The following are my thoughts and observations regarding the RKC Snatch Test. This post is based on over twenty years of experience training with and teaching kettlebells to the public, military, and law enforcement personnel. Some of what you are about to read is contrary to what you find being recommended by other trainers and coaches. That’s fine and should be expected. What you need to do is find the program that works best for you and your clients.
Test ≠ Race
The test is not a race. You have five minutes to complete the Snatch Test and I strongly recommend that you use all of it. Someone who completes the test in 3:50, and someone who completes it in 4:59, will both pass. But I will guarantee you that the person who used as much time as possible had an easier time and exhibited much, much better technique.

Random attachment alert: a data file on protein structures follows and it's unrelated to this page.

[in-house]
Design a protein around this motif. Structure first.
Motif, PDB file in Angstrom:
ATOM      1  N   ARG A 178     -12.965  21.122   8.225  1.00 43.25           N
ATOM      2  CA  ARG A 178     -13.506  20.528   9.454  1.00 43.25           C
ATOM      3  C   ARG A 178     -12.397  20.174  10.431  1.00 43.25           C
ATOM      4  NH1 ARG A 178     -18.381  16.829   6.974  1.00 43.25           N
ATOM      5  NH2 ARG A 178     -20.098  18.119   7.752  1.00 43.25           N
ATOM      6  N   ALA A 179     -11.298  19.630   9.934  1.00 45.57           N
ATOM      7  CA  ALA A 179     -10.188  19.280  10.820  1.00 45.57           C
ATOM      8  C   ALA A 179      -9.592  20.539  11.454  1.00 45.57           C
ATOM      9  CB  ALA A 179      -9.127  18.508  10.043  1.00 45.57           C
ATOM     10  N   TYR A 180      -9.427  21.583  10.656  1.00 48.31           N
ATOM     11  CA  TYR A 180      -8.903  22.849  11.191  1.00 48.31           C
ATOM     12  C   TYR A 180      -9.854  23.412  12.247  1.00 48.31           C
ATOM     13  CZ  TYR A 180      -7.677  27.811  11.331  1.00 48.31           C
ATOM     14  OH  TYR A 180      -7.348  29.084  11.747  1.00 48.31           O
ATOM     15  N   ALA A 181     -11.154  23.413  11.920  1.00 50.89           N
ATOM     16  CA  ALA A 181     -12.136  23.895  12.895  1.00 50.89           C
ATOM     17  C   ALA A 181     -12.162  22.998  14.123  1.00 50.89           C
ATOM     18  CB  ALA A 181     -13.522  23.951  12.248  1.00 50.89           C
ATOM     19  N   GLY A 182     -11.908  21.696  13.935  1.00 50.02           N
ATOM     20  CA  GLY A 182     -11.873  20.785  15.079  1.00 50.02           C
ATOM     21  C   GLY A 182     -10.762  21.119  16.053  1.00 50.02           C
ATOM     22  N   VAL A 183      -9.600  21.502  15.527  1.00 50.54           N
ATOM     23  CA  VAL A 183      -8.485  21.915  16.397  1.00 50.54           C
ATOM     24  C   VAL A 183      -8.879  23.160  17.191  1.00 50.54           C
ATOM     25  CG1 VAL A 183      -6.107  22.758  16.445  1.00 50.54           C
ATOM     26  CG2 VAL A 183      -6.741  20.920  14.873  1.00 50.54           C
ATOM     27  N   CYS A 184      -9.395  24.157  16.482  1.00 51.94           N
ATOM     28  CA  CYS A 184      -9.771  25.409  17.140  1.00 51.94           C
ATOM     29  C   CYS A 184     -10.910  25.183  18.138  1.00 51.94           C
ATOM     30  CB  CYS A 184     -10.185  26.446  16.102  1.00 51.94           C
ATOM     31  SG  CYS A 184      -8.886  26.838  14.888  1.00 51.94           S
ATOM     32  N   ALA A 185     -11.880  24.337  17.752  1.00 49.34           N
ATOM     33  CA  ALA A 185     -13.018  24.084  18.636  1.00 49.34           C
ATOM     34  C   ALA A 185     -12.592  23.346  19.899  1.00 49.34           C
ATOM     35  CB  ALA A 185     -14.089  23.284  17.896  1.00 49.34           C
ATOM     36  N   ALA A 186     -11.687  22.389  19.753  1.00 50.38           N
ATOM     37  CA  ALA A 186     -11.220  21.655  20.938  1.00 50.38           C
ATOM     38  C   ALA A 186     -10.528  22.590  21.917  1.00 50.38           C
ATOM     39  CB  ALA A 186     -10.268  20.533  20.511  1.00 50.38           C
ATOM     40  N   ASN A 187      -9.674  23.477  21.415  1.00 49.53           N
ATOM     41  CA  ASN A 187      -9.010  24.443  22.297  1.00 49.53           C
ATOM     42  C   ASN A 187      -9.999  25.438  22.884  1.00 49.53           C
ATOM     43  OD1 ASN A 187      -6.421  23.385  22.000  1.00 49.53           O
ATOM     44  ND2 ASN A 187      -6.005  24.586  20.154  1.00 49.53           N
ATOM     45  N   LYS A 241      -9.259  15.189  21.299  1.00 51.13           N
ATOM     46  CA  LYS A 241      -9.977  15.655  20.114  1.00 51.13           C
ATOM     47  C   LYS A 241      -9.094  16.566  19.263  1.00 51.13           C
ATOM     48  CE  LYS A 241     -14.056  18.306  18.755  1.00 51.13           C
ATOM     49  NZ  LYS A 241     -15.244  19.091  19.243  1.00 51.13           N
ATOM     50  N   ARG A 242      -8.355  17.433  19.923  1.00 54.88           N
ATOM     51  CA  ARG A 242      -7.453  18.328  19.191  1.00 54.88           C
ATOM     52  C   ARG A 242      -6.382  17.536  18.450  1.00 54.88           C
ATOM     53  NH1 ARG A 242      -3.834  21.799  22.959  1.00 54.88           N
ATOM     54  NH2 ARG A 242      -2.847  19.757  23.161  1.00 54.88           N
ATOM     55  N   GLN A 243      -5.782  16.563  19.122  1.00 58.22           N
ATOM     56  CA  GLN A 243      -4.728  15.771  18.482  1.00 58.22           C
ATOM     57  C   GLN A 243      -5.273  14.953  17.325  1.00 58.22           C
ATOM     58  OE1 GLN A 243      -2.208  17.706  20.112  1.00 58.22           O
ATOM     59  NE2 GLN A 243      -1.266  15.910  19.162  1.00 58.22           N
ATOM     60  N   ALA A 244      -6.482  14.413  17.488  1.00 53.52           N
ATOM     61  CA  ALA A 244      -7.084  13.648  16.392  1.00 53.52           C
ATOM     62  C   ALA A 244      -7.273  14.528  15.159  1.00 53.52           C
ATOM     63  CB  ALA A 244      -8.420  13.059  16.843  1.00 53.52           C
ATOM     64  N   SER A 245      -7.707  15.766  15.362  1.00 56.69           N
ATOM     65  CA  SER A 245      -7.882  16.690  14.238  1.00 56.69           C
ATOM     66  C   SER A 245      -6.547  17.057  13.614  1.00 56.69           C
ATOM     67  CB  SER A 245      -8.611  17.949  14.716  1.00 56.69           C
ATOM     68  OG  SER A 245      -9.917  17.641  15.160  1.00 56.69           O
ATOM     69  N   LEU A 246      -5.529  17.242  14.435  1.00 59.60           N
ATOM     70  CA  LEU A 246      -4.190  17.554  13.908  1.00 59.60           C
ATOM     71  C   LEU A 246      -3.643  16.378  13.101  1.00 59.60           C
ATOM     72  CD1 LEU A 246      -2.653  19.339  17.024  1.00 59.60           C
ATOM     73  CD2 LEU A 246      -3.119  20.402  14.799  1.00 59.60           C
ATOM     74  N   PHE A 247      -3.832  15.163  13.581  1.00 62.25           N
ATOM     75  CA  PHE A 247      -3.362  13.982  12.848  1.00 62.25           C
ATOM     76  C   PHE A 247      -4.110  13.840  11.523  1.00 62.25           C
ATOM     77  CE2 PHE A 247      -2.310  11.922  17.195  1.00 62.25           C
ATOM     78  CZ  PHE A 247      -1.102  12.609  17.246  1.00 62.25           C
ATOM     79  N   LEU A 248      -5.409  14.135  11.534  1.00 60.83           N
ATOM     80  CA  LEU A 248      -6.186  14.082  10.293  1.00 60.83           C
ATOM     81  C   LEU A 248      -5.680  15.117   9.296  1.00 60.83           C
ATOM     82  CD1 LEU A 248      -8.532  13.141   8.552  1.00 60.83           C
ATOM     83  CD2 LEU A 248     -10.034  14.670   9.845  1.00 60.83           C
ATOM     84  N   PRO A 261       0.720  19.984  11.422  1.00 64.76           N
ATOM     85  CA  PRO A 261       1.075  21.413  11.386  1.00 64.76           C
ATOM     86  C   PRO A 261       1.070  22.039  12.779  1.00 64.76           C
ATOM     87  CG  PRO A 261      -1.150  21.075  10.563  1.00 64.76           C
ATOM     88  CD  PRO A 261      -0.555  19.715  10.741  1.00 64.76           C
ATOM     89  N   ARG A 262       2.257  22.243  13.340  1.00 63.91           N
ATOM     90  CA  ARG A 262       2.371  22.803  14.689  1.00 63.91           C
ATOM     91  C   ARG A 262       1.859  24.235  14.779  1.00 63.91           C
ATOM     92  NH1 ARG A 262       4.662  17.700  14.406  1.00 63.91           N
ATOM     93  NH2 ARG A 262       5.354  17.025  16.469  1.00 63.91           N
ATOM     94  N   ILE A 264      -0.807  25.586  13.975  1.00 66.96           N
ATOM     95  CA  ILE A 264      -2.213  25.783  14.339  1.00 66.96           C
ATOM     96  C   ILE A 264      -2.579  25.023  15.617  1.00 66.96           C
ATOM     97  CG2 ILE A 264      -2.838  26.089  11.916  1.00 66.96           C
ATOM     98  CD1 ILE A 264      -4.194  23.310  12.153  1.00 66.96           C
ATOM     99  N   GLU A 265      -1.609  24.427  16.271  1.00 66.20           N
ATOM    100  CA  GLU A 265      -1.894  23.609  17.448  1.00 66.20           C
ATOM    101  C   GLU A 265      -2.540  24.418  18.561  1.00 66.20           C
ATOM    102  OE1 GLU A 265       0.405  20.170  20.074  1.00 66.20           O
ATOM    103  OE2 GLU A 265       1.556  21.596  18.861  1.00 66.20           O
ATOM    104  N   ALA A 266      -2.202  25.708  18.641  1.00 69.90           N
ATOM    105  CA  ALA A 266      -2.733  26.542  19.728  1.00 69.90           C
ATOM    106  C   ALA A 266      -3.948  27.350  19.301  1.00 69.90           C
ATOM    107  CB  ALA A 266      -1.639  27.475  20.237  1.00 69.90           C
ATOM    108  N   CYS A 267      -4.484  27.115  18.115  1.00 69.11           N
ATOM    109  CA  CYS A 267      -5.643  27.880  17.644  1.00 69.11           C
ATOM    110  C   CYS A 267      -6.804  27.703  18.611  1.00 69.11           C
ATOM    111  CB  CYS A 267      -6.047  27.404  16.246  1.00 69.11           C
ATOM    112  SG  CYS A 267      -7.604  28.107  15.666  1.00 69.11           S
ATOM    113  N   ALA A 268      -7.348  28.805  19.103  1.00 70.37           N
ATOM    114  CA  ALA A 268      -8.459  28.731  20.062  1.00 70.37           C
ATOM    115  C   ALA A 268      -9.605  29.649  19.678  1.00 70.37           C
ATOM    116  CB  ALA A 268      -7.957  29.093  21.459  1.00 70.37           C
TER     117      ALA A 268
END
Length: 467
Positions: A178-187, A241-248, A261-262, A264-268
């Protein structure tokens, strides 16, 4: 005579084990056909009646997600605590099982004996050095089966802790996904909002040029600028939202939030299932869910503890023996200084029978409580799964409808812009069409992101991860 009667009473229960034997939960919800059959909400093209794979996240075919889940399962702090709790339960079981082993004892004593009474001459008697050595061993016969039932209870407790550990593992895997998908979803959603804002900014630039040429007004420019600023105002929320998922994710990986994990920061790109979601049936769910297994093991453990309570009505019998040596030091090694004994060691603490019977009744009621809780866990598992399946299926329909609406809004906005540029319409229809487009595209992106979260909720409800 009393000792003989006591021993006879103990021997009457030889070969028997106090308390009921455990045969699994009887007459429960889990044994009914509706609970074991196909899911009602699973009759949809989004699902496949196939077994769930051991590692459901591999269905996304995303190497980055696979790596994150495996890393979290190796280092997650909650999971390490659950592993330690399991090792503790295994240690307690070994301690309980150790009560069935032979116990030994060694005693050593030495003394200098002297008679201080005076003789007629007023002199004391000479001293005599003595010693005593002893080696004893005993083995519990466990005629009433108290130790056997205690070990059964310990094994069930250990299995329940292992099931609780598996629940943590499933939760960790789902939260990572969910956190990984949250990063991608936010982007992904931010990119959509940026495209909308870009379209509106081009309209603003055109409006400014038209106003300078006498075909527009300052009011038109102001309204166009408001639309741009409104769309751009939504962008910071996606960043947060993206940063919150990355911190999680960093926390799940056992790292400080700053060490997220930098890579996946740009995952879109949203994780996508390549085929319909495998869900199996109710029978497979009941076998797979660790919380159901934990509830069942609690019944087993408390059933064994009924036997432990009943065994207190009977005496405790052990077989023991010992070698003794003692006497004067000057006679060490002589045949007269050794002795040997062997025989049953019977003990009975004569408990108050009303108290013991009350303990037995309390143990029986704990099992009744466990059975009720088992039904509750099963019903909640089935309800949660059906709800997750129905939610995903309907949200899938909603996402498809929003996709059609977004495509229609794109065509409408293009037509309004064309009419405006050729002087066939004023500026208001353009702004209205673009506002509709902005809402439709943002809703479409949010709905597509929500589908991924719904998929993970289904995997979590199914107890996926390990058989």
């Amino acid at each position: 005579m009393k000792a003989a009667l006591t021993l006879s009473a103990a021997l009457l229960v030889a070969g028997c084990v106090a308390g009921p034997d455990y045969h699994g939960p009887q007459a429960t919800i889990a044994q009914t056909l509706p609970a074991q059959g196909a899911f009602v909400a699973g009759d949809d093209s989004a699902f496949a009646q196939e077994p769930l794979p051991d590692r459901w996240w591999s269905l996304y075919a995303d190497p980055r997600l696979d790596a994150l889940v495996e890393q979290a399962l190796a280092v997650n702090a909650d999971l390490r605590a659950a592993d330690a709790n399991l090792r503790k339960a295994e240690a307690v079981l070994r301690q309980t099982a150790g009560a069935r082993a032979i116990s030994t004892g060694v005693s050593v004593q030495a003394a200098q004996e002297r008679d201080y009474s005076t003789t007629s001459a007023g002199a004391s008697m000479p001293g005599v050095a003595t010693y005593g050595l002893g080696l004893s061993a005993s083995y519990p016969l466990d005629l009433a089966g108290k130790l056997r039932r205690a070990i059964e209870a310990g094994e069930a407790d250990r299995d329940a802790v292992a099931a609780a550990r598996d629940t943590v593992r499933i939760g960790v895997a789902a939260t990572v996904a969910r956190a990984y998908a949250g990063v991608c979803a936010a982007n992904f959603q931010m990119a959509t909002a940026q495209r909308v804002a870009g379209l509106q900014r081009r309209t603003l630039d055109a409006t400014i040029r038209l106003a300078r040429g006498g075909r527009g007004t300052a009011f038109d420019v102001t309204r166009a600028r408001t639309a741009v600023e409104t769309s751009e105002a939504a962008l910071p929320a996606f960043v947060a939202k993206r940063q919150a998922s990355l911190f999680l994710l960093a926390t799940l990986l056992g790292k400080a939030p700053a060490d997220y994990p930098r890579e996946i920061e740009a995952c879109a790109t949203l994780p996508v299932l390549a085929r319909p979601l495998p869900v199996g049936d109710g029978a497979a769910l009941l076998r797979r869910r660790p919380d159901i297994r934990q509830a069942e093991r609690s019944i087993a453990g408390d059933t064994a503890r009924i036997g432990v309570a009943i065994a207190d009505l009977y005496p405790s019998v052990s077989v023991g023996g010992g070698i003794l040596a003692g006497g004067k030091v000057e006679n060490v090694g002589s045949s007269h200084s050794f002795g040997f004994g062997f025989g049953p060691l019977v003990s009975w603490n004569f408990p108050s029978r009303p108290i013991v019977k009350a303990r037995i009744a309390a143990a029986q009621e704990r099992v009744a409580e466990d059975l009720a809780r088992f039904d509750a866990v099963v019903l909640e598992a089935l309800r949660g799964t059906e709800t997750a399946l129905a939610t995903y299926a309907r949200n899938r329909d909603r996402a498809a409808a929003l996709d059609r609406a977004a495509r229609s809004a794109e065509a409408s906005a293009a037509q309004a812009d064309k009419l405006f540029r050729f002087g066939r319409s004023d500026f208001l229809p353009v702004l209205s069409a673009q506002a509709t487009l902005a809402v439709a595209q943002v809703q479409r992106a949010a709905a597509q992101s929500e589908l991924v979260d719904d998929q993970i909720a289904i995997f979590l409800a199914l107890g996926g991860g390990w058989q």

You Must Exhibit Positional and Transitional Management
You don’t pass the Snatch Test by just doing 100 kettlebell snatches in 5 minutes. You must demonstrate positional and transitional management coming out of the backswing, overhead, from the drop, and back into the backswing. Loss of control in any of those positions not only makes the Snatch Test more difficult but can also cause or lead to injuries.
Train Grind Strength Before Ballistic Strength
To execute the Snatch Test safely, you will need to develop several skills and attributes. First, you will need strength and stability in the overhead lockout position. This can be done easily by spending a good portion of your time working on the kettlebell press, push press, and/or kettlebell jerk. Strength in this position protects the shoulder itself from the rigors of ballistic snatches, as well helping to maintain mobility in the shoulder and upper quadrant of the torso.
Second, you will need to develop an efficient and powerful backswing. The backswing is sometimes overlooked or minimized. But the more you work on it, the easier the swing, clean, and snatch will be. You will develop a highly efficient system for transferring energy from the ground, through the hips, and into the overhead position. Ignore this aspect of training to your own detriment.